Under S2265, only shareholders in New Jersey-based businesses would be permitted to take advantage of section 1202. That ensures that this tax incentive generates economic activity and job creation in New Jersey. (We suggest using some language from the definition of “New Jersey emerging technology company” that’s in New Jersey's Angel Investor Tax Credit Act, P.L. 2013, c. 14, as the basis for defining what businesses qualify as New Jersey-based.)

What Is QSBS?*

Like all things in tax, the IRS definition of qualified small business can get complicated, and it changes depending on the section of the tax code in question. For our purposes, we’ll be focusing on Section 1202 of the Internal Revenue Code (IRC). To qualify as QSBS under Section 1202:

  • The stock must be in a domestic C corporation (not an S corporation or LLC, etc.), and it must be a C corporation during substantially all the time you hold the stock.
  • The corporation may not have more than $50 million in assets as of the date the stock was issued and immediately after.
  • Your stock must be acquired at its original issue (not from a secondary market).
  • During substantially all the time you hold the stock, at least 80 percent of the value of the corporation’s assets must be used in the active conduct of one or more qualified businesses.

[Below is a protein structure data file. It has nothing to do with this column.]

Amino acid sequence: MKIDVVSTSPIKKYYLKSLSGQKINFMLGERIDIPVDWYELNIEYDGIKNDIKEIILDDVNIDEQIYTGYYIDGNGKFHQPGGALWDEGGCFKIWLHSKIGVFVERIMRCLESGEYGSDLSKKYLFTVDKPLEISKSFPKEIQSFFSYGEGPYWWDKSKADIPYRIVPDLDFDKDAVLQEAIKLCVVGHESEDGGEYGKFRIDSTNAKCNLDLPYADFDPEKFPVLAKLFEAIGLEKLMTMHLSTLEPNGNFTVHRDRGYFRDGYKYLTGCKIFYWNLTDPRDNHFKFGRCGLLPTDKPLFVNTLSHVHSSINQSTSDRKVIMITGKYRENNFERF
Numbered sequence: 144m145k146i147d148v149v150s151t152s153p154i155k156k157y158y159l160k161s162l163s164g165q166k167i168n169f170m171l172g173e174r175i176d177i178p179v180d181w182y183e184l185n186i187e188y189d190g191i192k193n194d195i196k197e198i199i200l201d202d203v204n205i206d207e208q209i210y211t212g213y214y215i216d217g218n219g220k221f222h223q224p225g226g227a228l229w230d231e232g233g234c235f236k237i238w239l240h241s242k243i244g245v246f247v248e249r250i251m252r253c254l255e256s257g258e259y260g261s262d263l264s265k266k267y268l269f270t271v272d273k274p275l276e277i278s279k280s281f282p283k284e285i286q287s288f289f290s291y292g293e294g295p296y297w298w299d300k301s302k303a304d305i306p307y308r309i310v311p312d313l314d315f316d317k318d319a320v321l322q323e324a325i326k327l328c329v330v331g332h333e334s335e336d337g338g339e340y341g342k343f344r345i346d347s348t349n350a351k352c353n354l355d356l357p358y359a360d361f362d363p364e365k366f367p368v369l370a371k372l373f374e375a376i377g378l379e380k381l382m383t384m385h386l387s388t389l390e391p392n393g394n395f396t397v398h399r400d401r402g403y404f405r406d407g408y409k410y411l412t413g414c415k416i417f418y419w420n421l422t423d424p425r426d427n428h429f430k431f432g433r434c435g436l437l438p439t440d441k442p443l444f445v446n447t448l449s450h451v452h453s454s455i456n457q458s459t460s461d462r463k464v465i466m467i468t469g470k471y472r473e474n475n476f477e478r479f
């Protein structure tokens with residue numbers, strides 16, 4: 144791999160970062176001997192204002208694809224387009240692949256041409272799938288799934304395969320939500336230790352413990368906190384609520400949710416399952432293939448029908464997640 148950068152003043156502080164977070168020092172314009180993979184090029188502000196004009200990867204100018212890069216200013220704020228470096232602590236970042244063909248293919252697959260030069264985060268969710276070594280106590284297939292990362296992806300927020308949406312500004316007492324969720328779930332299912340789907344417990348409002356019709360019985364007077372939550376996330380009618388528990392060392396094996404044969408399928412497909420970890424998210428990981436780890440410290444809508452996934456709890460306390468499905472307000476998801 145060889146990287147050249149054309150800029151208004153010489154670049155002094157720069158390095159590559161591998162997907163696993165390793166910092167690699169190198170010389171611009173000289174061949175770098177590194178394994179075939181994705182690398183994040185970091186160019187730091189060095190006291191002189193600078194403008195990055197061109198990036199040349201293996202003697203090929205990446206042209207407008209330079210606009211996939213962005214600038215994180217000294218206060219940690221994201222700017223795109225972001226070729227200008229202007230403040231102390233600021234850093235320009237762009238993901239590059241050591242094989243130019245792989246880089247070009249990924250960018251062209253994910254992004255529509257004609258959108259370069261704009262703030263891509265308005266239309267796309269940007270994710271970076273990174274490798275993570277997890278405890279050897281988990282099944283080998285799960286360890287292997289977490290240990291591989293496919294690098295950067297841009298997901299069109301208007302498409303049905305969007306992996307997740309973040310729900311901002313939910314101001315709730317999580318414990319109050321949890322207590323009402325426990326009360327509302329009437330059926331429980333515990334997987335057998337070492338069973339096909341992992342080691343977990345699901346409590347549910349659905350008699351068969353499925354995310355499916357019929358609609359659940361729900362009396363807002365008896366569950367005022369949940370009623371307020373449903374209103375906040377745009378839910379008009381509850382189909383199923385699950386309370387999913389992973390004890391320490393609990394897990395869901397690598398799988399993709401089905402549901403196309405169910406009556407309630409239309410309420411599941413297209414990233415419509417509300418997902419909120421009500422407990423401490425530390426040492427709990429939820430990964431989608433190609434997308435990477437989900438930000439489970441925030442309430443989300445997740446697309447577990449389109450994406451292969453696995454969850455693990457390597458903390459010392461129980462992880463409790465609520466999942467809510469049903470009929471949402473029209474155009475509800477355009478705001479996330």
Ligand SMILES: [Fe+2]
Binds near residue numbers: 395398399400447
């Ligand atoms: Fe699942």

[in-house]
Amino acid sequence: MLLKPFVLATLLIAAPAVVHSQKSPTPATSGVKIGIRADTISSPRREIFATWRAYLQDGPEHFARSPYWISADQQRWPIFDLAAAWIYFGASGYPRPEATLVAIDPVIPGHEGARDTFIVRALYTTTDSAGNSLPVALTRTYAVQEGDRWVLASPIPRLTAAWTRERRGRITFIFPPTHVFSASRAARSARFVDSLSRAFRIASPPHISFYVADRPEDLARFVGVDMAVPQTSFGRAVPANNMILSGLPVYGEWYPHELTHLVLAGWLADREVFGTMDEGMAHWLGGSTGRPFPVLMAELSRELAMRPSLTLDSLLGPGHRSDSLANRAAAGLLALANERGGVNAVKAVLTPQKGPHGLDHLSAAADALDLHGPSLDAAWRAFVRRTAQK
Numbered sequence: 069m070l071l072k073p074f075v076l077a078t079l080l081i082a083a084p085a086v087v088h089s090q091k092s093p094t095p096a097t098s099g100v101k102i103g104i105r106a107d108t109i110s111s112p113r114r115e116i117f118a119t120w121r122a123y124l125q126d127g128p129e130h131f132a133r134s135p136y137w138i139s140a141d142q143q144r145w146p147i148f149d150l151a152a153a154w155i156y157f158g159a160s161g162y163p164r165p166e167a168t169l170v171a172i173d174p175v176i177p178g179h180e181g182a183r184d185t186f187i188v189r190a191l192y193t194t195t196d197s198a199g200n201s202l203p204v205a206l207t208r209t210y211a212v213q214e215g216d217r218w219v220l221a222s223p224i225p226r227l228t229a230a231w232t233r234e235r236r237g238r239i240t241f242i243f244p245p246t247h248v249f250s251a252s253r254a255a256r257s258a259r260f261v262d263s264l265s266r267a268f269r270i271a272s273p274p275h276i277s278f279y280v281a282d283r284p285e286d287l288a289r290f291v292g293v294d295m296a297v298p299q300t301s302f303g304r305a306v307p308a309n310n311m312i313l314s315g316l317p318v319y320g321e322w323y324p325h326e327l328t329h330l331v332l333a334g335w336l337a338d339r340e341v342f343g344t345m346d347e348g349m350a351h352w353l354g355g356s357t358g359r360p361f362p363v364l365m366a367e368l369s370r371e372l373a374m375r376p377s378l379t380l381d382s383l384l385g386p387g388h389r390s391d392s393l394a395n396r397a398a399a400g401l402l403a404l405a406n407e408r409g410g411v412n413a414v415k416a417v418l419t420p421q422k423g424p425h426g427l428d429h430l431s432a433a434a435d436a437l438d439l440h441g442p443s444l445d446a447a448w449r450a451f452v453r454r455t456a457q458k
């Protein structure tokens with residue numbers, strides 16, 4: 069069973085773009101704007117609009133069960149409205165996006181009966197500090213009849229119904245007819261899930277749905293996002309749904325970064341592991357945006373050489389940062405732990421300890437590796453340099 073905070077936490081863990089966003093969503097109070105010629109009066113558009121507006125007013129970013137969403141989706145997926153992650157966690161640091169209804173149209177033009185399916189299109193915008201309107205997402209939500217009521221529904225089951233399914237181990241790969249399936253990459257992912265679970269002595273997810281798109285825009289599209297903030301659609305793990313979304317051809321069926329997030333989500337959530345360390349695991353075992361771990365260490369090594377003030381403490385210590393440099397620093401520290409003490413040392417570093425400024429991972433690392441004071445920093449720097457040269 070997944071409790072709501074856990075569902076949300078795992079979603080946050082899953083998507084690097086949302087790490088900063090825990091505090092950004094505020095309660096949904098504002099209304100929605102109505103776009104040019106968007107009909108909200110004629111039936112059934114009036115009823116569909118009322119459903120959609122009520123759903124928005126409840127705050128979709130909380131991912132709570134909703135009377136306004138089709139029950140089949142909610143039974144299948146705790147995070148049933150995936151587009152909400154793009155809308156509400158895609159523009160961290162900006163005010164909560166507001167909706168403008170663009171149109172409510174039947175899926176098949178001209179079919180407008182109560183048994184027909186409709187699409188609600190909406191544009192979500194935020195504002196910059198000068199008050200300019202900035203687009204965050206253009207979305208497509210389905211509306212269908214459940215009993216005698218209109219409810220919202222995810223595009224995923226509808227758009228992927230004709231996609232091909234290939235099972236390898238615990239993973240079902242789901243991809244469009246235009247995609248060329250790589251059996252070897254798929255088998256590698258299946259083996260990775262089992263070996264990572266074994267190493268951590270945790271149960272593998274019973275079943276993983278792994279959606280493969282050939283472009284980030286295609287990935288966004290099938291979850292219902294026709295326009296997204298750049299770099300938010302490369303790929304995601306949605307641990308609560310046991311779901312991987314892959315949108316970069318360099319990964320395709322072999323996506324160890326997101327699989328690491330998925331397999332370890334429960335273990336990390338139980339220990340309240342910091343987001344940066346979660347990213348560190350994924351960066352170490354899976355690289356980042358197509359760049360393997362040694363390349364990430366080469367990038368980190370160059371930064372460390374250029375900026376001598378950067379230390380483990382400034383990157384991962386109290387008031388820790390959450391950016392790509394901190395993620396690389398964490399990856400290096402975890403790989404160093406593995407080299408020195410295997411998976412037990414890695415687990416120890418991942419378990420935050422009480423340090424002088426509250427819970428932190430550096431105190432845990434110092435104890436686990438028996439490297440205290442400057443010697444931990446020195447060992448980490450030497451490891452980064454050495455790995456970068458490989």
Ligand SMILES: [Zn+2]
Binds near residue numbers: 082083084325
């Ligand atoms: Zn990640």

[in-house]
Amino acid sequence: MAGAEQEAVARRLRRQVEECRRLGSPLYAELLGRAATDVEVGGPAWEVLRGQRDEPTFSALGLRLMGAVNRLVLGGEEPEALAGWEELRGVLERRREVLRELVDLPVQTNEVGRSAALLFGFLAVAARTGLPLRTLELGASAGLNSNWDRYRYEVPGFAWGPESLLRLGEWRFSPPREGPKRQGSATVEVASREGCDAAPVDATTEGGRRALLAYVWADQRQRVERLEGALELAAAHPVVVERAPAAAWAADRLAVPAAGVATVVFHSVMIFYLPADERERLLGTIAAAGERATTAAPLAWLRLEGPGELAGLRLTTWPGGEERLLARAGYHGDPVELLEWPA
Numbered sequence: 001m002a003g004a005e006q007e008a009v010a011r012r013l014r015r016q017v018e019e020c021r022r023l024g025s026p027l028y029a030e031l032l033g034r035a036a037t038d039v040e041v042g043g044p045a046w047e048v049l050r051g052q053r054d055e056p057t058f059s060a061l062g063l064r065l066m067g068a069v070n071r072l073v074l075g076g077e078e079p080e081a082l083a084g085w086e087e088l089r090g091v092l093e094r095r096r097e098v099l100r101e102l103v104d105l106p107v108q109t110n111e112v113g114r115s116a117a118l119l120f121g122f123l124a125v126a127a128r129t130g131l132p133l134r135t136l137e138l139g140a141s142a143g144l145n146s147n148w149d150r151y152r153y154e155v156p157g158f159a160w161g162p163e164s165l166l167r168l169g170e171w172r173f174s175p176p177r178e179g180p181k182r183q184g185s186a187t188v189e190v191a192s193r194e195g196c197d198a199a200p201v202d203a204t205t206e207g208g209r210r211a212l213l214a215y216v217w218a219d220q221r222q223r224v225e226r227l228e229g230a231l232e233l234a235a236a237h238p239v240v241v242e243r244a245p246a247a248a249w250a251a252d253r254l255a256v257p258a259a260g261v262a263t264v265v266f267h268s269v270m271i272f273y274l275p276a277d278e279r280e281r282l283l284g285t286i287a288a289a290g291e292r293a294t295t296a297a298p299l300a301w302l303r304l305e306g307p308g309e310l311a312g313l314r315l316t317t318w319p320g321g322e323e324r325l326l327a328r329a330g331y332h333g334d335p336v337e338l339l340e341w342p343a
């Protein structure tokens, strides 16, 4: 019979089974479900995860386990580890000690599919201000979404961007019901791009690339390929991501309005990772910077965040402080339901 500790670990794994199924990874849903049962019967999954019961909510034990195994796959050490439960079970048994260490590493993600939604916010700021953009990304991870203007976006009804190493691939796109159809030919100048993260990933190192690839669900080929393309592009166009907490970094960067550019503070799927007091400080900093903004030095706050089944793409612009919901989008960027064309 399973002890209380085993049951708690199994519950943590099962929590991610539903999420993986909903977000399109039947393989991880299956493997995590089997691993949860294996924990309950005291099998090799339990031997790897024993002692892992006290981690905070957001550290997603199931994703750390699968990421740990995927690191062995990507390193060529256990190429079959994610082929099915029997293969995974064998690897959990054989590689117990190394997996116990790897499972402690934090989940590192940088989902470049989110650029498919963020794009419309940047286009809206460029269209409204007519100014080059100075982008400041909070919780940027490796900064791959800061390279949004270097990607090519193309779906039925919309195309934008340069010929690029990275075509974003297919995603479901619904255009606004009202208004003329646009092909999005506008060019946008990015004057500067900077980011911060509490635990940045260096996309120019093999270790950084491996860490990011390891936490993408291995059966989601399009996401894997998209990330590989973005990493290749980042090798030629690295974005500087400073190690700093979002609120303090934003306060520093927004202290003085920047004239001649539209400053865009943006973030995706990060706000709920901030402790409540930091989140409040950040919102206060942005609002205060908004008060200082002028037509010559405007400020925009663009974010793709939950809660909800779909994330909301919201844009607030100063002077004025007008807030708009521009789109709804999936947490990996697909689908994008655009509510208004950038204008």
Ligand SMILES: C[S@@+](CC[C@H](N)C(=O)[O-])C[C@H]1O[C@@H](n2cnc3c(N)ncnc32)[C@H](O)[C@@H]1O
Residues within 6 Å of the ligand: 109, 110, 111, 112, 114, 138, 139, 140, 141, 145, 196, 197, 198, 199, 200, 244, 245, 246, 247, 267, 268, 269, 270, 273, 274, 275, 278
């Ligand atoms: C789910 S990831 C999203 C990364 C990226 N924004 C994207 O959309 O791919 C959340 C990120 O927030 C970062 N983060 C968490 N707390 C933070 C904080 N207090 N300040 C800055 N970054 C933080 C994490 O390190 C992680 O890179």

To elaborate on the last point, active conduct means a qualified business can NOT be an investment vehicle or inactive business. It can NOT be, for example: a service business in the fields of health, law, engineering, architecture, accounting, actuarial science, performing arts, consulting, athletics, financial services or brokerage services; a banking, insurance, financing, leasing, investing or similar business; a farming business; a business of operating a hotel, motel, restaurant or similar business.

*Excerpted from Qualified Small Business Stock Is an Often Overlooked Tax Windfall, by Toby Johnston, Wealth Front Knowledge Center website, Feb. 17, 2016.

What Tax Incentives Does Section 1202 Provide?

If an investor holds stock qualifying as QSBS for at least five years when it’s sold, then the investor would be exempt from New Jersey capital gains taxes on a maximum of the greater of $10 million or 10 times the taxpayer’s adjusted basis in the stock (which is usually not more than $10 million.)

The federal section 1202 tax incentives apply to investments made in years prior to 2016, but under our proposal the tax breaks would be limited to companies established no earlier than the date of enactment of our proposal.

Conclusion

New Jersey should join the federal government and 37 other states, including many of our neighboring states, in offering section 1202 tax incentives. This will help generate economic growth and create jobs for New Jerseyans. There would be NO loss of tax revenues to the state for at least five years and we believe the maximum amount of the annual loss in revenues after year five would be $25 million. Overall, that loss should be more than offset by taxes collected by the state due to the increased economic activity that section 1202 would spur. In the long run, providing section 1202 incentives should increase tax revenues for New Jersey.